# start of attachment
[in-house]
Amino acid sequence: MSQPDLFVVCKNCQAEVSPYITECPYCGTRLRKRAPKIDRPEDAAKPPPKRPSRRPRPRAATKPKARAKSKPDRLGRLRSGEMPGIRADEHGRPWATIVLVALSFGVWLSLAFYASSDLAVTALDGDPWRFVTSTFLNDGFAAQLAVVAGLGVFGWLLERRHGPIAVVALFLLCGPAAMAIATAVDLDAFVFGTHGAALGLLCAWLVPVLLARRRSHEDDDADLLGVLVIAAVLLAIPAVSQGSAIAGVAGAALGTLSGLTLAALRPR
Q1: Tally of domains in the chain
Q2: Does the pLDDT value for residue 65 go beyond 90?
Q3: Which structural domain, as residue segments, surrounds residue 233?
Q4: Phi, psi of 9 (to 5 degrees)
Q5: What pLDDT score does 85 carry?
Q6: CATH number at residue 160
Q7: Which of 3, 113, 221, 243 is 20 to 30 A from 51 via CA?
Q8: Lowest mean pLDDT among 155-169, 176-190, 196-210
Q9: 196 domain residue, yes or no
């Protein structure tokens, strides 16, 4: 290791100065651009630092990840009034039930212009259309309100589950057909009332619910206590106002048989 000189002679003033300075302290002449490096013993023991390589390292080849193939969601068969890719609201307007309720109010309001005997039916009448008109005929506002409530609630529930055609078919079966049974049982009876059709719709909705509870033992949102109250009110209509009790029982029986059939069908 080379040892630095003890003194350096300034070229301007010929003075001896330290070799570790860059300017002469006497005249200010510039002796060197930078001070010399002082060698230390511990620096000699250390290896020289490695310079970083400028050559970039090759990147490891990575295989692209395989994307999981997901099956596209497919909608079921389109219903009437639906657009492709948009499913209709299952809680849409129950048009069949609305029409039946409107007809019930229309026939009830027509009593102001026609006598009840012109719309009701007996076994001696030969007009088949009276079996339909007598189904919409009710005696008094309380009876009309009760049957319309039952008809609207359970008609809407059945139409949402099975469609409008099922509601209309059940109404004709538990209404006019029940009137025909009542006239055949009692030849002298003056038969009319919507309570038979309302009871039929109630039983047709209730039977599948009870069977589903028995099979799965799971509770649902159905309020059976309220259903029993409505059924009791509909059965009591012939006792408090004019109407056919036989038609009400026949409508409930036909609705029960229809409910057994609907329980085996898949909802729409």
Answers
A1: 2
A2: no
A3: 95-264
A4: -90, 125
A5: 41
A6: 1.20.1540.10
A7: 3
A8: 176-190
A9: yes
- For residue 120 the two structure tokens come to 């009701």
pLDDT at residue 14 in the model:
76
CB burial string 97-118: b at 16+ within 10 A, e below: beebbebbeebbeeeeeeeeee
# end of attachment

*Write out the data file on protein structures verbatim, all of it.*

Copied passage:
[in-house]
Amino acid sequence: MSQPDLFVVCKNCQAEVSPYITECPYCGTRLRKRAPKIDRPEDAAKPPPKRPSRRPRPRAATKPKARAKSKPDRLGRLRSGEMPGIRADEHGRPWATIVLVALSFGVWLSLAFYASSDLAVTALDGDPWRFVTSTFLNDGFAAQLAVVAGLGVFGWLLERRHGPIAVVALFLLCGPAAMAIATAVDLDAFVFGTHGAALGLLCAWLVPVLLARRRSHEDDDADLLGVLVIAAVLLAIPAVSQGSAIAGVAGAALGTLSGLTLAALRPR
Q1: Tally of domains in the chain
Q2: Does the pLDDT value for residue 65 go beyond 90?
Q3: Which structural domain, as residue segments, surrounds residue 233?
Q4: Phi, psi of 9 (to 5 degrees)
Q5: What pLDDT score does 85 carry?
Q6: CATH number at residue 160
Q7: Which of 3, 113, 221, 243 is 20 to 30 A from 51 via CA?
Q8: Lowest mean pLDDT among 155-169, 176-190, 196-210
Q9: 196 domain residue, yes or no
């Protein structure tokens, strides 16, 4: 290791100065651009630092990840009034039930212009259309309100589950057909009332619910206590106002048989 000189002679003033300075302290002449490096013993023991390589390292080849193939969601068969890719609201307007309720109010309001005997039916009448008109005929506002409530609630529930055609078919079966049974049982009876059709719709909705509870033992949102109250009110209509009790029982029986059939069908 080379040892630095003890003194350096300034070229301007010929003075001896330290070799570790860059300017002469006497005249200010510039002796060197930078001070010399002082060698230390511990620096000699250390290896020289490695310079970083400028050559970039090759990147490891990575295989692209395989994307999981997901099956596209497919909608079921389109219903009437639906657009492709948009499913209709299952809680849409129950048009069949609305029409039946409107007809019930229309026939009830027509009593102001026609006598009840012109719309009701007996076994001696030969007009088949009276079996339909007598189904919409009710005696008094309380009876009309009760049957319309039952008809609207359970008609809407059945139409949402099975469609409008099922509601209309059940109404004709538990209404006019029940009137025909009542006239055949009692030849002298003056038969009319919507309570038979309302009871039929109630039983047709209730039977599948009870069977589903028995099979799965799971509770649902159905309020059976309220259903029993409505059924009791509909059965009591012939006792408090004019109407056919036989038609009400026949409508409930036909609705029960229809409910057994609907329980085996898949909802729409």
Answers
A1: 2
A2: no
A3: 95-264
A4: -90, 125
A5: 41
A6: 1.20.1540.10
A7: 3
A8: 176-190
A9: yes
- For residue 120 the two structure tokens come to 């009701």
pLDDT at residue 14 in the model:
76
CB burial string 97-118: b at 16+ within 10 A, e below: beebbebbeebbeeeeeeeeee